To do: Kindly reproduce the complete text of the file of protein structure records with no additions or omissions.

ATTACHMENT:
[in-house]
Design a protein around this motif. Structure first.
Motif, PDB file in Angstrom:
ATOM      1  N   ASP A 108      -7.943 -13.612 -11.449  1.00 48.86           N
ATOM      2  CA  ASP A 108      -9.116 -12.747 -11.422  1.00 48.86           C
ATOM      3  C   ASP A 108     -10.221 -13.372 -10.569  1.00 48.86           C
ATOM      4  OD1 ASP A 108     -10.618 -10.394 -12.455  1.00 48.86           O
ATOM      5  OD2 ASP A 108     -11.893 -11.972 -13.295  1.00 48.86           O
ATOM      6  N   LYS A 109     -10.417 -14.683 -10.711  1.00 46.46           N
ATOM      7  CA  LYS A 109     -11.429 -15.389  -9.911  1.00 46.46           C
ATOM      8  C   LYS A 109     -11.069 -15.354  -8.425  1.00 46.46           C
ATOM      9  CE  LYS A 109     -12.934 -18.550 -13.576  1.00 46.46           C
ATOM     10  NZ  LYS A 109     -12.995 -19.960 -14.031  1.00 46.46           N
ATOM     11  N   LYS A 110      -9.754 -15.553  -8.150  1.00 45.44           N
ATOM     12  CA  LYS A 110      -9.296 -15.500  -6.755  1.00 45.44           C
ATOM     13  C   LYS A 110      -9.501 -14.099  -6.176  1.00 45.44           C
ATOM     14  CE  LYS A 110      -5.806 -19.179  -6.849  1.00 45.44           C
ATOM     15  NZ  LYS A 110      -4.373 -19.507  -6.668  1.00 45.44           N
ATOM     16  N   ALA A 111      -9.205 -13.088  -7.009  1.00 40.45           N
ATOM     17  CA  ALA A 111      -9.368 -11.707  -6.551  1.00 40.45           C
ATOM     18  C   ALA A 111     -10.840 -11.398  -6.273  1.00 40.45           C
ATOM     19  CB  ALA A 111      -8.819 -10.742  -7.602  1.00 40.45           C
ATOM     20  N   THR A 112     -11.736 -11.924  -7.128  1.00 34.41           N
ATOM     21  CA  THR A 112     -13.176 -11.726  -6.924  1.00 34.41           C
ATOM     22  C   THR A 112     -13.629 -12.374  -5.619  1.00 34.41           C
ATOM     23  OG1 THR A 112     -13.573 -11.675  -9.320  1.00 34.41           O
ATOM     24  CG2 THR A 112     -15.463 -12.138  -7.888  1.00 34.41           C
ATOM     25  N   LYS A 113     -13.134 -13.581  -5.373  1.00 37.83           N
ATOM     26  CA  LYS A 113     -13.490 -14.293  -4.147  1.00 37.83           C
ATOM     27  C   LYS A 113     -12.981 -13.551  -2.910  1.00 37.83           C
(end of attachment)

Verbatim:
[in-house]
Design a protein around this motif. Structure first.
Motif, PDB file in Angstrom:
ATOM      1  N   ASP A 108      -7.943 -13.612 -11.449  1.00 48.86           N
ATOM      2  CA  ASP A 108      -9.116 -12.747 -11.422  1.00 48.86           C
ATOM      3  C   ASP A 108     -10.221 -13.372 -10.569  1.00 48.86           C
ATOM      4  OD1 ASP A 108     -10.618 -10.394 -12.455  1.00 48.86           O
ATOM      5  OD2 ASP A 108     -11.893 -11.972 -13.295  1.00 48.86           O
ATOM      6  N   LYS A 109     -10.417 -14.683 -10.711  1.00 46.46           N
ATOM      7  CA  LYS A 109     -11.429 -15.389  -9.911  1.00 46.46           C
ATOM      8  C   LYS A 109     -11.069 -15.354  -8.425  1.00 46.46           C
ATOM      9  CE  LYS A 109     -12.934 -18.550 -13.576  1.00 46.46           C
ATOM     10  NZ  LYS A 109     -12.995 -19.960 -14.031  1.00 46.46           N
ATOM     11  N   LYS A 110      -9.754 -15.553  -8.150  1.00 45.44           N
ATOM     12  CA  LYS A 110      -9.296 -15.500  -6.755  1.00 45.44           C
ATOM     13  C   LYS A 110      -9.501 -14.099  -6.176  1.00 45.44           C
ATOM     14  CE  LYS A 110      -5.806 -19.179  -6.849  1.00 45.44           C
ATOM     15  NZ  LYS A 110      -4.373 -19.507  -6.668  1.00 45.44           N
ATOM     16  N   ALA A 111      -9.205 -13.088  -7.009  1.00 40.45           N
ATOM     17  CA  ALA A 111      -9.368 -11.707  -6.551  1.00 40.45           C
ATOM     18  C   ALA A 111     -10.840 -11.398  -6.273  1.00 40.45           C
ATOM     19  CB  ALA A 111      -8.819 -10.742  -7.602  1.00 40.45           C
ATOM     20  N   THR A 112     -11.736 -11.924  -7.128  1.00 34.41           N
ATOM     21  CA  THR A 112     -13.176 -11.726  -6.924  1.00 34.41           C
ATOM     22  C   THR A 112     -13.629 -12.374  -5.619  1.00 34.41           C
ATOM     23  OG1 THR A 112     -13.573 -11.675  -9.320  1.00 34.41           O
ATOM     24  CG2 THR A 112     -15.463 -12.138  -7.888  1.00 34.41           C
ATOM     25  N   LYS A 113     -13.134 -13.581  -5.373  1.00 37.83           N
ATOM     26  CA  LYS A 113     -13.490 -14.293  -4.147  1.00 37.83           C
ATOM     27  C   LYS A 113     -12.981 -13.551  -2.910  1.00 37.83           C